5 2011 CIC Workshops for Department and Division Chairs Using Data at the Department/Division Level: Scenarios The Gift As chair of a three-person political science department you have been informed that the Development Office has received a major gift of $2 million from a donor who has stipulated that the funding is for a new Asian Studies program. The terms of the agreement indicate that this is a three-year gift that will fund a new faculty line, program related expenses, and limited travel and that the new program will be housed in your department. No one in your department, including you as chair, has been involved in the discussions that led to the gift. Several of your colleagues in other department are upset that their priorities were not shared with the donor. The curriculum for the new program will have to be approved before the start of the Fall semester. It will be your department s responsibility to present the program for approval by the curriculum committee and ultimately the entire faculty. 1. What data will you gather to support the adoption of this new program? 2. How will you respond to questions about the fate of this program after the three year gift period ends? 3. Do you ultimately have a way out so that this program does not get housed in your department? 4. Is there a better department for the program? If so, can you support your position with data? 5. What kind of data?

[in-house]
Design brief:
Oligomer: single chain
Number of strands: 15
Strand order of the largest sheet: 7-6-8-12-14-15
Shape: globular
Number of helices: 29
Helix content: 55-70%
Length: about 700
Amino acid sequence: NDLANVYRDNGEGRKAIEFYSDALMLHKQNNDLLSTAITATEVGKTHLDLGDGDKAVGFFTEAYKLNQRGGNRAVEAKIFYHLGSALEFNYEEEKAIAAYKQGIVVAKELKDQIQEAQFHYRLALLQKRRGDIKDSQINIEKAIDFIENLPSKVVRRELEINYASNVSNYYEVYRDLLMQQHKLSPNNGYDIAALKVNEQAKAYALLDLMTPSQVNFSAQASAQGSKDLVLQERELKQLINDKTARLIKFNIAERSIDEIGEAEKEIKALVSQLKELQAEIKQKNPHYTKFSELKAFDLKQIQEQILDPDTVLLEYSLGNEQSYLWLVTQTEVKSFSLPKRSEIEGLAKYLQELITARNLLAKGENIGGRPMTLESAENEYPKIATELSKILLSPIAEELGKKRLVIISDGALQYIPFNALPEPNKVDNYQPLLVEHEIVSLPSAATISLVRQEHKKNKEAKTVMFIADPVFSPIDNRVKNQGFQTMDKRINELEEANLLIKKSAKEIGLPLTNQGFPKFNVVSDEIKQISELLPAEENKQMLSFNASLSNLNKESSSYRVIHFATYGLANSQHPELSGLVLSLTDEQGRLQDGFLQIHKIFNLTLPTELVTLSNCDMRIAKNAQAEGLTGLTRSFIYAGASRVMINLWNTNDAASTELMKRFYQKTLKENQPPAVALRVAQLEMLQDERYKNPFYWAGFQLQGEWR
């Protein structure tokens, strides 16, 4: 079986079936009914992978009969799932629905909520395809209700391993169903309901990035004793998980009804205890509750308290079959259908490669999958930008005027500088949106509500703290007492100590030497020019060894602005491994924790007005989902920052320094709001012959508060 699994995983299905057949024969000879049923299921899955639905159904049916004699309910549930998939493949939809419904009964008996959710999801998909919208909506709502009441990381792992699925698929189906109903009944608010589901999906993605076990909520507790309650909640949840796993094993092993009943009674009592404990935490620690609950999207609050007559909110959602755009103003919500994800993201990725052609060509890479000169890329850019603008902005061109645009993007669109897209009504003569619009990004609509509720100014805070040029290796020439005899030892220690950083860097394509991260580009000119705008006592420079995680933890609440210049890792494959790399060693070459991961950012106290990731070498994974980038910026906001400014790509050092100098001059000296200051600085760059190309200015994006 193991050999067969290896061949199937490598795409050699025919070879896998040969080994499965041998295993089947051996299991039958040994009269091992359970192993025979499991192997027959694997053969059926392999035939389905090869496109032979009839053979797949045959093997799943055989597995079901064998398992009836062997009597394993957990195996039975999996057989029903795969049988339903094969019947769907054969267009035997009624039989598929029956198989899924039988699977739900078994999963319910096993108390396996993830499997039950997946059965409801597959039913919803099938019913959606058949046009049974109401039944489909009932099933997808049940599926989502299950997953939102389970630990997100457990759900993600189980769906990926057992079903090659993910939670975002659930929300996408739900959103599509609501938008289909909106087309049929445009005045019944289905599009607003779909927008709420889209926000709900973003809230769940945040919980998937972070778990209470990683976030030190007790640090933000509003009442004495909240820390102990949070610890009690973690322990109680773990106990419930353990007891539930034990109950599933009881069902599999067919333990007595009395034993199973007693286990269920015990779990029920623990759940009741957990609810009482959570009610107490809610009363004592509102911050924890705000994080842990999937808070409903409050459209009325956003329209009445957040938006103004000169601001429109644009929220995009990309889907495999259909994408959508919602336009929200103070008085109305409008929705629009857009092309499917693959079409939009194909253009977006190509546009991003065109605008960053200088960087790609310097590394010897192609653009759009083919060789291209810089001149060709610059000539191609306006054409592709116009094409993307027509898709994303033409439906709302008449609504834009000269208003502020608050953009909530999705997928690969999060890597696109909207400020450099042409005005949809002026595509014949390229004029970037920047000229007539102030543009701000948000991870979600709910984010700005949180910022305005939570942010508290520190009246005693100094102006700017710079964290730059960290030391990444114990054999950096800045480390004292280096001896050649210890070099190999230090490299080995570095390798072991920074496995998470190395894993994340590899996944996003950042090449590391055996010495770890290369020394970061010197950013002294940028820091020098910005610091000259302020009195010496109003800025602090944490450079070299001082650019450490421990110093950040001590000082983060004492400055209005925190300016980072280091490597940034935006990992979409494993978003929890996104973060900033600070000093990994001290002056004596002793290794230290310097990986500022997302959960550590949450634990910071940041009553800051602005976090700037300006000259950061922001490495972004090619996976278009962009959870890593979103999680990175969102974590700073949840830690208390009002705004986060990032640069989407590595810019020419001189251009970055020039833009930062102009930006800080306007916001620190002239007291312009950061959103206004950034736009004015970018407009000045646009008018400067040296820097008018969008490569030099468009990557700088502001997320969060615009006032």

6 2011 CIC Workshops for Department and Division Chairs Scenario: A Critical Retirement You are the head of a Modern Languages Department at a nationally ranked liberal arts college facing the retirement of a long-time faculty member in German. This faculty member is the only German teacher on campus and is essentially the German program. The program offers a BA in German in a very traditional format. Enrollments in the German major have been dropping for several years to the point that in the upper division courses there are rarely more than 3 students. As a result the German teacher has been doing a number of independent study or tutorials with individual students to help them complete their degree. The administration has been questioning the feasibility of the German program for some time based on low enrollments and would like the languages department to drop German and develop a program in Asian Languages and Culture. The administration has indicated that the tenuretrack line could be transferred from German to this Asian Studies area. The administration also notes that prospective student interest in Asian languages is growing while interest in German is declining. You have asked a subcommittee of your faculty to study the situation and come back with a recommendation. They come back with a proposal to change the German major to a German Studies major with less upper-division courses in German and more courses in German history and culture taught in English. Their rationale is based on the following arguments and data: German is an important language spoken by 120 million people. America has strong ties to German culture. The college has had a German major for over 100 years. The MLA recommends that new languages should not be added by eliminating traditional language instruction, rather by adding new resources. The college faculty members agree with this stance. Current German enrollments, especially at the upper-division levels are admittedly low, however the change to German Studies will certainly increase student interest with more upper-division courses taught in English. Other nationally ranked liberal arts colleges have German majors and a list of peer and aspirant colleges is provided to which support this point. 1. Are the data points listed above sufficient for you to take a proposal to the administration to fund a tenure-track position in German Studies? 2. If not, what other data would you like to include you your proposal? 3. As the faculty have decided to support German Studies rather than consider moving to new language possibilities, are you ready to take that case on to the dean?